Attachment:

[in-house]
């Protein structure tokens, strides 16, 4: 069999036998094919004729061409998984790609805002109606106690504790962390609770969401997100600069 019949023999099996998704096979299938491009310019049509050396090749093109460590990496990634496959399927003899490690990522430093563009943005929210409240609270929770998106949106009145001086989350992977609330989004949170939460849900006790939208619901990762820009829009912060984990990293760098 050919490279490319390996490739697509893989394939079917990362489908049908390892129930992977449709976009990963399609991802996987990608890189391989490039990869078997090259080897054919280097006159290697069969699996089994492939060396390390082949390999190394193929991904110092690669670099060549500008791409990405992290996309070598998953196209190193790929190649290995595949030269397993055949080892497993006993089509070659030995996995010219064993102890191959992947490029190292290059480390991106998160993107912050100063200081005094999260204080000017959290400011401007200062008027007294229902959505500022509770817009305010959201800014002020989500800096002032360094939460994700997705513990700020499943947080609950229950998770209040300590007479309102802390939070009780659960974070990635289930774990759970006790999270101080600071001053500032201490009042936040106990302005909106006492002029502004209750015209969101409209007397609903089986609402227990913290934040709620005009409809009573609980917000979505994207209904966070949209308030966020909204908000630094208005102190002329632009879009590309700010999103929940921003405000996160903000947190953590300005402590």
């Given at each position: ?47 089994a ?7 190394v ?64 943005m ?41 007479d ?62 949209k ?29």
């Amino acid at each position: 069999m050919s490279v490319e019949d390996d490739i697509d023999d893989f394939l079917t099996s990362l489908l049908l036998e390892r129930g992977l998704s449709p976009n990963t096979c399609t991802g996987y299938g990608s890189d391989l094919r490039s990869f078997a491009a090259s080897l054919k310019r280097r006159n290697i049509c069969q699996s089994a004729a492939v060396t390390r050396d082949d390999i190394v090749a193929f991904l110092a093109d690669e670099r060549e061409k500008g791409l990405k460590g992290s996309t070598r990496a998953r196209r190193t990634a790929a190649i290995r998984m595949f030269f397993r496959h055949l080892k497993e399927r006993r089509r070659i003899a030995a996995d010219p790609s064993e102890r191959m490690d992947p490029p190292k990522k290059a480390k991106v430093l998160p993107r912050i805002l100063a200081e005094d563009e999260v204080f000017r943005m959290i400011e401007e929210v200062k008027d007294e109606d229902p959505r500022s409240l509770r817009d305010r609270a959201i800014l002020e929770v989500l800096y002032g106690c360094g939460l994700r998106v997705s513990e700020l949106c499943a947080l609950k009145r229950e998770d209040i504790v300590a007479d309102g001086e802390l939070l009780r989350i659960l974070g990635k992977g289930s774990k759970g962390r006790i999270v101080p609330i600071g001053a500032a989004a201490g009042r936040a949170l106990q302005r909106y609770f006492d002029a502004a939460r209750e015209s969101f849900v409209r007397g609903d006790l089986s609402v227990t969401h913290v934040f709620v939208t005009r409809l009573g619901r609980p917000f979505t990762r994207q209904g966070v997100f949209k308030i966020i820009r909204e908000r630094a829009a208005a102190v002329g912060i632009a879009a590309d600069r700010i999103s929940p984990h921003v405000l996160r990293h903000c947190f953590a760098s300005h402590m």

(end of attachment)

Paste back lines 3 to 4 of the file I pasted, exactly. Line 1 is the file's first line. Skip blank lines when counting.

């Given at each position: ?47 089994a ?7 190394v ?64 943005m ?41 007479d ?62 949209k ?29």
């Amino acid at each position: 069999m050919s490279v490319e019949d390996d490739i697509d023999d893989f394939l079917t099996s990362l489908l049908l036998e390892r129930g992977l998704s449709p976009n990963t096979c399609t991802g996987y299938g990608s890189d391989l094919r490039s990869f078997a491009a090259s080897l054919k310019r280097r006159n290697i049509c069969q699996s089994a004729a492939v060396t390390r050396d082949d390999i190394v090749a193929f991904l110092a093109d690669e670099r060549e061409k500008g791409l990405k460590g992290s996309t070598r990496a998953r196209r190193t990634a790929a190649i290995r998984m595949f030269f397993r496959h055949l080892k497993e399927r006993r089509r070659i003899a030995a996995d010219p790609s064993e102890r191959m490690d992947p490029p190292k990522k290059a480390k991106v430093l998160p993107r912050i805002l100063a200081e005094d563009e999260v204080f000017r943005m959290i400011e401007e929210v200062k008027d007294e109606d229902p959505r500022s409240l509770r817009d305010r609270a959201i800014l002020e929770v989500l800096y002032g106690c360094g939460l994700r998106v997705s513990e700020l949106c499943a947080l609950k009145r229950e998770d209040i504790v300590a007479d309102g001086e802390l939070l009780r989350i659960l974070g990635k992977g289930s774990k759970g962390r006790i999270v101080p609330i600071g001053a500032a989004a201490g009042r936040a949170l106990q302005r909106y609770f006492d002029a502004a939460r209750e015209s969101f849900v409209r007397g609903d006790l089986s609402v227990t969401h913290v934040f709620v939208t005009r409809l009573g619901r609980p917000f979505t990762r994207q209904g966070v997100f949209k308030i966020i820009r909204e908000r630094a829009a208005a102190v002329g912060i632009a879009a590309d600069r700010i999103s929940p984990h921003v405000l996160r990293h903000c947190f953590a760098s300005h402590m």